One of the more exasperating arts of parenting is that of persuading children to sleep, particularly if they happen to be teenagers. Children have higher energy levels that do not get depleted as they do in adults, and they are growing up with unprecedented visual stimuli thanks to television, smartphones and tablets — all of which make our young a very sleep-deprived generation.
It turns out that this is a grave public health risk. Doctors reckon that inadequate sleep can eventually cause anxiety, weight-gain and hypertension and have consequences for mental health as well. Neuroscientist Paul Kelley of Oxford University and his colleagues have proposed shifting school timings to make up for the 10 hours of sleep that teenagers lose each week.
They have suggested that children aged eight to 10 should start school at 830AM or later, 16-year-olds at 10 am and 18-year-olds at 11AM. In fact, Oxford University has started a four-year experiment with 30,000 pupils to see if teenagers who start school late do better in exams than those who don’t.
The results will be out only 2018, but policymakers in India may consider the case for changing school timings. If the circadian rhythms of teenagers are such that they prefer sleeping around midnight, is it wise to put them through a regime that rudely interrupts them each day, particularly when they have such competitive pressures to put up with?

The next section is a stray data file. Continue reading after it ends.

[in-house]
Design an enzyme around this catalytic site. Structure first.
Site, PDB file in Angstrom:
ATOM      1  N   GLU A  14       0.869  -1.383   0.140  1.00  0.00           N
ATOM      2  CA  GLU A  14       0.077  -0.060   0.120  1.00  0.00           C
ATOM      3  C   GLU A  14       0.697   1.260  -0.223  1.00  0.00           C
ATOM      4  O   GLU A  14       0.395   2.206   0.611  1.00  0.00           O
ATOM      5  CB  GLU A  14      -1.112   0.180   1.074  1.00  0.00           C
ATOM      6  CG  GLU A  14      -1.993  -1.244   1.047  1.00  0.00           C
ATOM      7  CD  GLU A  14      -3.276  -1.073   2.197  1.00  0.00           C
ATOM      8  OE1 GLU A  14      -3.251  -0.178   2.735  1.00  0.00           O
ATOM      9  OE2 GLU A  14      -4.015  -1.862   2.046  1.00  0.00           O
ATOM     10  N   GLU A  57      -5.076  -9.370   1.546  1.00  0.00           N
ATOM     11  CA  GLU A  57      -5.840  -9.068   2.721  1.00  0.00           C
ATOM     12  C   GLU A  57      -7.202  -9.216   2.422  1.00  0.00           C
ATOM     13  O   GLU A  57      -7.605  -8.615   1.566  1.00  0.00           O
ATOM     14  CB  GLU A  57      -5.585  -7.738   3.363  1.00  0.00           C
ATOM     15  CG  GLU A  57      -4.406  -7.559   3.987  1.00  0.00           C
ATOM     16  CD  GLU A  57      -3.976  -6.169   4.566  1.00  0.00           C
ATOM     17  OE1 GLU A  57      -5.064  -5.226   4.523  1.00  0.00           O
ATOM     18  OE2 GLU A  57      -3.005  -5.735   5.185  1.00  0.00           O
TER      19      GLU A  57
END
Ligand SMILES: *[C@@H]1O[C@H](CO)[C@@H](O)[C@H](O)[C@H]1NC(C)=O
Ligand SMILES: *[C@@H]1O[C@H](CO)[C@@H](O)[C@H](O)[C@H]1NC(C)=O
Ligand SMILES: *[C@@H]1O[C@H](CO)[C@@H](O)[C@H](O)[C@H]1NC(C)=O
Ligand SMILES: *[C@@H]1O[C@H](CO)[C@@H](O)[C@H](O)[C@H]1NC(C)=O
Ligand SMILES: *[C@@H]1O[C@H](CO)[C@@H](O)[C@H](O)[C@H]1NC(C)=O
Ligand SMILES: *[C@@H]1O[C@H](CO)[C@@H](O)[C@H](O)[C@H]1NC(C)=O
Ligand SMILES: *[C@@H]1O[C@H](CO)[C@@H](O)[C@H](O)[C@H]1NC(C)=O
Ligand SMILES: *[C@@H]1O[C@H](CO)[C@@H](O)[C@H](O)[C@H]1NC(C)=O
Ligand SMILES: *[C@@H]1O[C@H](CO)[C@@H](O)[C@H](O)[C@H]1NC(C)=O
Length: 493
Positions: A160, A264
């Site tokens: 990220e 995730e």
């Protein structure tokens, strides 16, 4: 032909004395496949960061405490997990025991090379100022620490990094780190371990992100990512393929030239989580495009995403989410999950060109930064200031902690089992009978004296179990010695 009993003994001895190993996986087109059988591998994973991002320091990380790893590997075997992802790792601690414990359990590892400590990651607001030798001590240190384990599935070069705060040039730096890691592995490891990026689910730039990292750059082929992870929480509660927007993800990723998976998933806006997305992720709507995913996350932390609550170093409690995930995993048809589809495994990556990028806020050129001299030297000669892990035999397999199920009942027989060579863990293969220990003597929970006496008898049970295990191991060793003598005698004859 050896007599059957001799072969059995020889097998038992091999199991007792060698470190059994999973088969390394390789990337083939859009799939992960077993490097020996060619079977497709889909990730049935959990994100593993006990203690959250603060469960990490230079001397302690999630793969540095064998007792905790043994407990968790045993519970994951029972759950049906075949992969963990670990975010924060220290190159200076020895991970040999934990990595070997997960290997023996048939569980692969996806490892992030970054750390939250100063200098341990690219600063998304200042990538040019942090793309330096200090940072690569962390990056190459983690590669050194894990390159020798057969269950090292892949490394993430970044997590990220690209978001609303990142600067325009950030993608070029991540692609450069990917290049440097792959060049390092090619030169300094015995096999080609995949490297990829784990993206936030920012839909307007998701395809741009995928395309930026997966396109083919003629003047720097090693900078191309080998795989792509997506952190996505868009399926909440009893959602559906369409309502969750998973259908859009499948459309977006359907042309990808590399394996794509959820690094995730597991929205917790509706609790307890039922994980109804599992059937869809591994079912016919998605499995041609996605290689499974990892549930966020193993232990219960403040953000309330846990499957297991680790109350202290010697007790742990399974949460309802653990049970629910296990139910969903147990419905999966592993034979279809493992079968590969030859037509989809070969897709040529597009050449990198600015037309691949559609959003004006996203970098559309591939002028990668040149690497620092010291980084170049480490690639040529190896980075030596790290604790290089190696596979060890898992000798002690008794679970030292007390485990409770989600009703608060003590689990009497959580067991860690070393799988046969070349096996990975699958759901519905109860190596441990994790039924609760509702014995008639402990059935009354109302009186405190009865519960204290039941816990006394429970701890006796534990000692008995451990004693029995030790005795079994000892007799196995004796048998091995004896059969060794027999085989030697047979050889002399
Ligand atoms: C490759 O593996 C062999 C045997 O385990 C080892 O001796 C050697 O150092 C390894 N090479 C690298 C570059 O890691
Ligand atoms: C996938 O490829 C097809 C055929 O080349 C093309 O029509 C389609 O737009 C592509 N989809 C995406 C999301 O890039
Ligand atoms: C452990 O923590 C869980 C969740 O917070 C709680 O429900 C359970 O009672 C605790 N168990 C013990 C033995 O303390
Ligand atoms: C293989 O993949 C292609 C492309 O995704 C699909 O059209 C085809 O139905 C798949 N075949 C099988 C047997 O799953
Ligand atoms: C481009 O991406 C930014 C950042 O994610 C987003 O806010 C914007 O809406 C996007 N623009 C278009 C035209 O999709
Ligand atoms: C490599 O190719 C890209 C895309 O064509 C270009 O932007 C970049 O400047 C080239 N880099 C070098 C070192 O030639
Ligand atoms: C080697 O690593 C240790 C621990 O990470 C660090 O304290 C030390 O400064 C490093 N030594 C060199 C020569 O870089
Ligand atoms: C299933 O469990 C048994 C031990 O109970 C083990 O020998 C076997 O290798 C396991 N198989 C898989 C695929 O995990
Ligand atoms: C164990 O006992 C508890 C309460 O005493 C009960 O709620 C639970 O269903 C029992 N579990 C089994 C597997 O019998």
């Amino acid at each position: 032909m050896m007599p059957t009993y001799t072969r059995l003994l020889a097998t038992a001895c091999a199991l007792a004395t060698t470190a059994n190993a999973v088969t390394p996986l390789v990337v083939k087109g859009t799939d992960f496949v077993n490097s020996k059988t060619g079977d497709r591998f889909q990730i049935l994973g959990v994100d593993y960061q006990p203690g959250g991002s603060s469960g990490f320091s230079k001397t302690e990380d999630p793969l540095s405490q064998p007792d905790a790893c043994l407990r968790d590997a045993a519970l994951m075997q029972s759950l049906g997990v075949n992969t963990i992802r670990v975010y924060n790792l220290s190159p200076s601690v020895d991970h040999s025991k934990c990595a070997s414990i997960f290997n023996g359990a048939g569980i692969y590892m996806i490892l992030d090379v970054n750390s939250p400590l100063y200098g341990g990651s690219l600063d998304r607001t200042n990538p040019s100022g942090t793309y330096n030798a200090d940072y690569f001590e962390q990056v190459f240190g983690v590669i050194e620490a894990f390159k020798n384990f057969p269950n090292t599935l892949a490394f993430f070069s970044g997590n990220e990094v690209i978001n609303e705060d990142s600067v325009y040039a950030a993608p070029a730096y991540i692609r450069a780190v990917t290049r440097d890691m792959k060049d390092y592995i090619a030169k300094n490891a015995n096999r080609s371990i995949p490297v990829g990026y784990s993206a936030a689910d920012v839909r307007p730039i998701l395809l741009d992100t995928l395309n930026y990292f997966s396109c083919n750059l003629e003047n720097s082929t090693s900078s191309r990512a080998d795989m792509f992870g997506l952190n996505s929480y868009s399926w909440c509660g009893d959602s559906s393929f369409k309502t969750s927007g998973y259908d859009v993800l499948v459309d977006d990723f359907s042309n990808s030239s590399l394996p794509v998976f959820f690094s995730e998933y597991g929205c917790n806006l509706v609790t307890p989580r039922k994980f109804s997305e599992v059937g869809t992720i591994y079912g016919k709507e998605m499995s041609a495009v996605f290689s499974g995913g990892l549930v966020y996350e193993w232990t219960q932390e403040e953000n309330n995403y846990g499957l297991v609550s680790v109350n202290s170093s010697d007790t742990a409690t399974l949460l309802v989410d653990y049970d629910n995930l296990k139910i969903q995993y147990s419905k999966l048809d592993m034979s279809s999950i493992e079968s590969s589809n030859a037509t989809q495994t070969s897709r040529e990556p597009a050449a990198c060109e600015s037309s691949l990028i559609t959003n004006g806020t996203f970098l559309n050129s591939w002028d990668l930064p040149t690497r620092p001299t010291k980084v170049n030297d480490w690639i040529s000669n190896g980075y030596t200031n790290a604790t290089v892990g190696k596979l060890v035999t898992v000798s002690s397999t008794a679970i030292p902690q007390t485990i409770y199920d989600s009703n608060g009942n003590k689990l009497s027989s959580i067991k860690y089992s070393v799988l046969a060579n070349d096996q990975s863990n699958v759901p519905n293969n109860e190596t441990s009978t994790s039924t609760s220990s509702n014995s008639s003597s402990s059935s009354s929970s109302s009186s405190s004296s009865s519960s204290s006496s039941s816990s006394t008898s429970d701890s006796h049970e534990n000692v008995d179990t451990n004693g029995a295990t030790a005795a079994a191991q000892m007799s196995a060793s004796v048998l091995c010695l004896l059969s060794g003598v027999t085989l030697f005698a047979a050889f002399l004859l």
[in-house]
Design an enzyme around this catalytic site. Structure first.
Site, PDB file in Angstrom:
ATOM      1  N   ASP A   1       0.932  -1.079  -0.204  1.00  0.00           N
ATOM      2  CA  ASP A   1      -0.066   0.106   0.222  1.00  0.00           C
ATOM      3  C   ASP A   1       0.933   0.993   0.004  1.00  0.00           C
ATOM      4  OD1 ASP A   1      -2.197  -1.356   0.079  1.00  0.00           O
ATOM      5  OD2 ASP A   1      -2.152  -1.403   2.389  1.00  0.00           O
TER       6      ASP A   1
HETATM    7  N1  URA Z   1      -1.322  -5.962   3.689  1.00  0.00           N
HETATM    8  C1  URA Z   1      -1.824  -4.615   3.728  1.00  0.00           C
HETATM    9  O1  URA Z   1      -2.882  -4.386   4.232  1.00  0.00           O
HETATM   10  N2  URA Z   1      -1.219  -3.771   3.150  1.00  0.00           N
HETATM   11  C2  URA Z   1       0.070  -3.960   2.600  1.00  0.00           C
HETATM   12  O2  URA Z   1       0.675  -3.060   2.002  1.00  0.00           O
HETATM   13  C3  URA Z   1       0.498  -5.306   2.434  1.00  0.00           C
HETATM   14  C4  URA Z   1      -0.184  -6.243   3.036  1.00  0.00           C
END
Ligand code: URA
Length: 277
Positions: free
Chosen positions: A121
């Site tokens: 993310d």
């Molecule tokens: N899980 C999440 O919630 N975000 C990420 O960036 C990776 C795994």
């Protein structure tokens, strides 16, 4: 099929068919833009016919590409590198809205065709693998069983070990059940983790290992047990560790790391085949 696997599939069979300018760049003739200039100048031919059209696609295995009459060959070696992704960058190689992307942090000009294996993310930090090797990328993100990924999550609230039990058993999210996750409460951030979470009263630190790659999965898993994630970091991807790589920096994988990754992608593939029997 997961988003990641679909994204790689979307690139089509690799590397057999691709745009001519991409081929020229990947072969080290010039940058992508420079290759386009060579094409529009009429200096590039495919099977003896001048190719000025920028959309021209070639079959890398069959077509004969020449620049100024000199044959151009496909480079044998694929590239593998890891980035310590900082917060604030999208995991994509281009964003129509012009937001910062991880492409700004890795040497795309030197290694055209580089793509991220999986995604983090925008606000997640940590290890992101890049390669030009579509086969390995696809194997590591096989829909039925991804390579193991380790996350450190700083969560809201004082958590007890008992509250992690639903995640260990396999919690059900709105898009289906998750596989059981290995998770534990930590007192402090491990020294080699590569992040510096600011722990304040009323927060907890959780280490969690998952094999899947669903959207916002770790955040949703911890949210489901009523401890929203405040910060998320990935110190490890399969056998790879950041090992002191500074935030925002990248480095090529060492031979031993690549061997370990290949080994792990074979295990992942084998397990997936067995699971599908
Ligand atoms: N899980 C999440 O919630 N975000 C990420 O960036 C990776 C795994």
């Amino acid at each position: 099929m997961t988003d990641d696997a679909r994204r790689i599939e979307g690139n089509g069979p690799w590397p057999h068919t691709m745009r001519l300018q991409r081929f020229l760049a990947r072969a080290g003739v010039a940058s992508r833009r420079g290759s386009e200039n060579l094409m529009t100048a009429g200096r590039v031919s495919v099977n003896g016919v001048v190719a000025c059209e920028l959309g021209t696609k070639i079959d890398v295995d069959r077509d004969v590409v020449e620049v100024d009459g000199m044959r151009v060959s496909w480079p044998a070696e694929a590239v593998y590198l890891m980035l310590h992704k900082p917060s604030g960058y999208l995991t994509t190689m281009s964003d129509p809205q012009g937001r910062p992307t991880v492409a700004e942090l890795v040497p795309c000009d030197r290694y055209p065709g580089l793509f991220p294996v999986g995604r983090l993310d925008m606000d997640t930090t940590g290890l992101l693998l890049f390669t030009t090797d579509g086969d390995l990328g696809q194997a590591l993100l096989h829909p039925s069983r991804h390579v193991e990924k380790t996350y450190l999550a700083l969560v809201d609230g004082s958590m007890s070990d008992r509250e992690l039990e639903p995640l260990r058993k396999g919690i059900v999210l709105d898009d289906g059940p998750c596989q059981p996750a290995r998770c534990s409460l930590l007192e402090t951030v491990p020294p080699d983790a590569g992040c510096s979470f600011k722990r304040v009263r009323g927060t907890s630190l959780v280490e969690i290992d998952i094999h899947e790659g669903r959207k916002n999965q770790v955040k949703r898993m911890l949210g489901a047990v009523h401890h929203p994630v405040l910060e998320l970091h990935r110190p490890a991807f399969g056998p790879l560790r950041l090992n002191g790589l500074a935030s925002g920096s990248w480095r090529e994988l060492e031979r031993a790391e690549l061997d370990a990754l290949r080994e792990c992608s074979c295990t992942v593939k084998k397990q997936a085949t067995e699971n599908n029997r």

This will, of course, be a logistical headache. Changed timings would force parents to change their daily routines. The repercussions on public transport in cities would be huge as schools now hire private buses that also ferry office-goers heading home from work. Delayed school timings would also be particularly punishing for school teachers as their days would be inevitably extended.
No one said it will be easy. In fact, Mr Kelley says the 9-to-5 working hours for adults also pose a serious threat to mental health and proposes changes to work timings as well. A public health crisis is evidently in the works that taxpayers will eventually pay for.
Policymakers need to debate these options now, as the world will anyway.